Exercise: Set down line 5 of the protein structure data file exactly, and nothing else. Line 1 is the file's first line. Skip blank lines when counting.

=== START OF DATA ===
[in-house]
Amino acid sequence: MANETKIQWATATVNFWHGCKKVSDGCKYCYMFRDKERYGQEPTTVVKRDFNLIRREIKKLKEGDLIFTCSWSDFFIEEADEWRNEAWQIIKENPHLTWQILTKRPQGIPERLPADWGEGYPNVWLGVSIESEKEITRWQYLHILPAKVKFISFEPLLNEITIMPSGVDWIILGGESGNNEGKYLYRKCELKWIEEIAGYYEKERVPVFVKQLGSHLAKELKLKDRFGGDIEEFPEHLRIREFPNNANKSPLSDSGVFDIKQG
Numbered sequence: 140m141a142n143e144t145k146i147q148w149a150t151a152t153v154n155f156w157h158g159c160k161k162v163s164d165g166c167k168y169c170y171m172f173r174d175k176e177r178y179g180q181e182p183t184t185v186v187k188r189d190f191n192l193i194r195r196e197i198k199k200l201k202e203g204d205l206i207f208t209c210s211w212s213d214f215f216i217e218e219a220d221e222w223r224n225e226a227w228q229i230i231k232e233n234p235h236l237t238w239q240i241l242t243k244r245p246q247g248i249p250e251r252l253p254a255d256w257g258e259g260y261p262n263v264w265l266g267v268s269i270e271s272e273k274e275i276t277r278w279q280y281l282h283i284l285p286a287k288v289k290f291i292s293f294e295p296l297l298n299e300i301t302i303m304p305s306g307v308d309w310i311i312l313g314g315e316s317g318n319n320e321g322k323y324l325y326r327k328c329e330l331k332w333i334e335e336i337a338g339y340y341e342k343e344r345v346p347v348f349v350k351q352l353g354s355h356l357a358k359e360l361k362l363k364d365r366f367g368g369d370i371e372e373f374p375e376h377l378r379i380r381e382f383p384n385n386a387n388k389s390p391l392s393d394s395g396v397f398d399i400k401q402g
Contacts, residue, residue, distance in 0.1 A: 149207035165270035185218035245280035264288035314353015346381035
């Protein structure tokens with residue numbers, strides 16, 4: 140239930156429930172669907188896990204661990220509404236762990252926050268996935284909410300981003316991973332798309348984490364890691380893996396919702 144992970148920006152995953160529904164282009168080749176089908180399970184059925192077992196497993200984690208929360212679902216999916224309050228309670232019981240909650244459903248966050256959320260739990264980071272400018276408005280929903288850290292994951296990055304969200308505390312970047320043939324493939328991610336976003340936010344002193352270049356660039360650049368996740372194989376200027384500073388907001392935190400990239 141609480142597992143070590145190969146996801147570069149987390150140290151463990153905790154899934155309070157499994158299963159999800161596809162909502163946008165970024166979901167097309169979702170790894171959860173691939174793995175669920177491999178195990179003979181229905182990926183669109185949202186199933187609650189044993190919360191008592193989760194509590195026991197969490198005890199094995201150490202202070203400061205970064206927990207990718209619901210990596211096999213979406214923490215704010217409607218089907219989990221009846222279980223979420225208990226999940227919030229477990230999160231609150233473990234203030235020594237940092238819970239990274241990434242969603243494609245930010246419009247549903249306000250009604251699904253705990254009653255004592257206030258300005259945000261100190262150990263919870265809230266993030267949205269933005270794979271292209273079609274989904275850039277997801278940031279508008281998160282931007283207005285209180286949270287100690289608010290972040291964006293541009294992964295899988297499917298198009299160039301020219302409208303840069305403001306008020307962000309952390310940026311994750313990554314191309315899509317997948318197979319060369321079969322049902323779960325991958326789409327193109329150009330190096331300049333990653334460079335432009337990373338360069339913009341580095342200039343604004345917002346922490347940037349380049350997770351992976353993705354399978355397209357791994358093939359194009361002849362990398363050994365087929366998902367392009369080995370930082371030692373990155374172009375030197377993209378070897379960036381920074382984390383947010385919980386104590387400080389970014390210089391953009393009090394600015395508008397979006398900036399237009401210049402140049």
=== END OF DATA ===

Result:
């Protein structure tokens with residue numbers, strides 16, 4: 140239930156429930172669907188896990204661990220509404236762990252926050268996935284909410300981003316991973332798309348984490364890691380893996396919702 144992970148920006152995953160529904164282009168080749176089908180399970184059925192077992196497993200984690208929360212679902216999916224309050228309670232019981240909650244459903248966050256959320260739990264980071272400018276408005280929903288850290292994951296990055304969200308505390312970047320043939324493939328991610336976003340936010344002193352270049356660039360650049368996740372194989376200027384500073388907001392935190400990239 141609480142597992143070590145190969146996801147570069149987390150140290151463990153905790154899934155309070157499994158299963159999800161596809162909502163946008165970024166979901167097309169979702170790894171959860173691939174793995175669920177491999178195990179003979181229905182990926183669109185949202186199933187609650189044993190919360191008592193989760194509590195026991197969490198005890199094995201150490202202070203400061205970064206927990207990718209619901210990596211096999213979406214923490215704010217409607218089907219989990221009846222279980223979420225208990226999940227919030229477990230999160231609150233473990234203030235020594237940092238819970239990274241990434242969603243494609245930010246419009247549903249306000250009604251699904253705990254009653255004592257206030258300005259945000261100190262150990263919870265809230266993030267949205269933005270794979271292209273079609274989904275850039277997801278940031279508008281998160282931007283207005285209180286949270287100690289608010290972040291964006293541009294992964295899988297499917298198009299160039301020219302409208303840069305403001306008020307962000309952390310940026311994750313990554314191309315899509317997948318197979319060369321079969322049902323779960325991958326789409327193109329150009330190096331300049333990653334460079335432009337990373338360069339913009341580095342200039343604004345917002346922490347940037349380049350997770351992976353993705354399978355397209357791994358093939359194009361002849362990398363050994365087929366998902367392009369080995370930082371030692373990155374172009375030197377993209378070897379960036381920074382984390383947010385919980386104590387400080389970014390210089391953009393009090394600015395508008397979006398900036399237009401210049402140049």